DOD Office Holds Book Discussion on ‘Far-Right Terrorism’

A Pentagon office overseeing special operations and irregular warfare held a discussion for a book on so-called far-right terrorism, according to a report from The Daily Caller.

Bruce Hoffman, a Georgetown University professor and senior fellow at the Council on Foreign Relations (CFR), and Jacob Ware, a CFR research fellow, were slated to discuss their book uncovering right-wing terrorism in the United States through the Ku Klux Klan and the January 6 Capitol event.

The outlet obtained screenshots of emails advertising the event.

“Reminder to please join us at 1200 tomorrow morning via Teams (link below) for this virtual brown bag book talk event — renowned terrorism scholars Dr. Bruce Hoffman and Jacob Ware. Their new book, God, Guns, and Sedition: Far-Right Terrorism in America was released earlier this month,” the email invitation reads.

“Shocking acts of terrorism have erupted from violent American far-right extremists in recent years, including the 2015 mass murder at a historic Black church in Charleston and the January 6, 2021, attack on the U.S. Capitol. These incidents, however, are neither novel nor unprecedented,” a book synopsis reads. “They are the latest flashpoints in a process that has been unfolding for decades, in which vast conspiracy theories and radical ideologies such as white supremacism, racism, antisemitism, xenophobia, and hostility to government converge into a deadly threat to democracy.”

American Faith reported that the Institute for Defense Analyses (IDA) conducted a study on the U.S. military, finding “no evidence that the number of violent extremists in the military is disproportionate to the number of violent extremists in the United States as a whole.”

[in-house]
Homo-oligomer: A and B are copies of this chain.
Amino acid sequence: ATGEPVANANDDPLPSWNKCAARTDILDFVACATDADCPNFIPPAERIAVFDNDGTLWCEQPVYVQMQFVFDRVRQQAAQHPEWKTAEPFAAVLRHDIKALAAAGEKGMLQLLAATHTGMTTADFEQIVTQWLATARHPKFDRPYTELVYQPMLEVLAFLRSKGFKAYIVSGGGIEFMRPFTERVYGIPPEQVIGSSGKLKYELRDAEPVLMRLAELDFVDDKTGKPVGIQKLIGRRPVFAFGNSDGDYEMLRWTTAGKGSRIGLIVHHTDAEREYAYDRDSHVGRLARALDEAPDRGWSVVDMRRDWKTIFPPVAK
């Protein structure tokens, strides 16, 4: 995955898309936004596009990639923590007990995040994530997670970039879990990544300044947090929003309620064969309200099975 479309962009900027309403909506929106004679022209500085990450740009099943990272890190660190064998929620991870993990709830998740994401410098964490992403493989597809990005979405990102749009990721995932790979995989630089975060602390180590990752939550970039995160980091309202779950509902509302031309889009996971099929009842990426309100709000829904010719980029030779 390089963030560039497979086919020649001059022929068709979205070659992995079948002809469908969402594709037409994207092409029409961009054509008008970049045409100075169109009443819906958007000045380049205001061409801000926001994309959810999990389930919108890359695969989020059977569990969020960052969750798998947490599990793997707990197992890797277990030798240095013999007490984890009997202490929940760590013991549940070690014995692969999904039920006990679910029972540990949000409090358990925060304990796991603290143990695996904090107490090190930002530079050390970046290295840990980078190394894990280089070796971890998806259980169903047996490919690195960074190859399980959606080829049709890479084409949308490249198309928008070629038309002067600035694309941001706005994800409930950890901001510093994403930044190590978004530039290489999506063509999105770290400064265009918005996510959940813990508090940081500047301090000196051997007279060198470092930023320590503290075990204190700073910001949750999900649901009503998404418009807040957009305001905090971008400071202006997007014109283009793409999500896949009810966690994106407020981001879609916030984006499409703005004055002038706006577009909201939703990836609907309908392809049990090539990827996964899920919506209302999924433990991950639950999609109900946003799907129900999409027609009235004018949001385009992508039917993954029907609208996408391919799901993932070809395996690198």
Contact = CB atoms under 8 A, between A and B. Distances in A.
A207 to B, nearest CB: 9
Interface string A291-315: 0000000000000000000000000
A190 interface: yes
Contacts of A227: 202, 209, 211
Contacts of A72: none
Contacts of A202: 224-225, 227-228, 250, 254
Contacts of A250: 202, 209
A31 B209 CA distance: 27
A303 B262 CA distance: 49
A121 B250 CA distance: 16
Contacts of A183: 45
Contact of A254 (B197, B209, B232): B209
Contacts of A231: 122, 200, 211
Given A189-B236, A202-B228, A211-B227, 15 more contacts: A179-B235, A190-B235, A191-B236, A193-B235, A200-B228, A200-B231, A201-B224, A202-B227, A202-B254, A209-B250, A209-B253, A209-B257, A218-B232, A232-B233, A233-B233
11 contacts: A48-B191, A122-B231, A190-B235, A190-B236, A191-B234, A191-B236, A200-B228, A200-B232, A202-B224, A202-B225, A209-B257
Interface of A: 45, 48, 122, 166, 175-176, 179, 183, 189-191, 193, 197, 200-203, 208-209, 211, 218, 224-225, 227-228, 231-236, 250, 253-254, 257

“The objective of the IDA study was to gain greater fidelity on the scope and nature of extremist ideologies and behaviors in the military community … identify the sources of such ideologies and behaviors; assess their impact; and develop strategies for preventing, countering, and neutralizing that impact,” the report says.

While government agencies have pushed the narrative of “extremists” operating on January 6, 2021, the report found that fewer than 10 individuals were charged.

“Of the more than 700 federal cases in which charges were publicly available a year after these events, fewer than ten were for individuals who were serving in the military at the time,” the IDA said. “Based on the size of the military relative to the general population and considering the rate of charges for males and females, we find no evidence that service members were charged at a different rate than the members of the general population.”

Last year, the Biden administration was accused of allocating funds from an anti-terrorism initiative to a university program that critics say links Christian and conservative groups, including the Republican Party, with Nazi ideologies.

The funding in question comes from the Department of Homeland Security’s (DHS) Targeted Violence and Terrorism Prevention Grant Program (TVTP).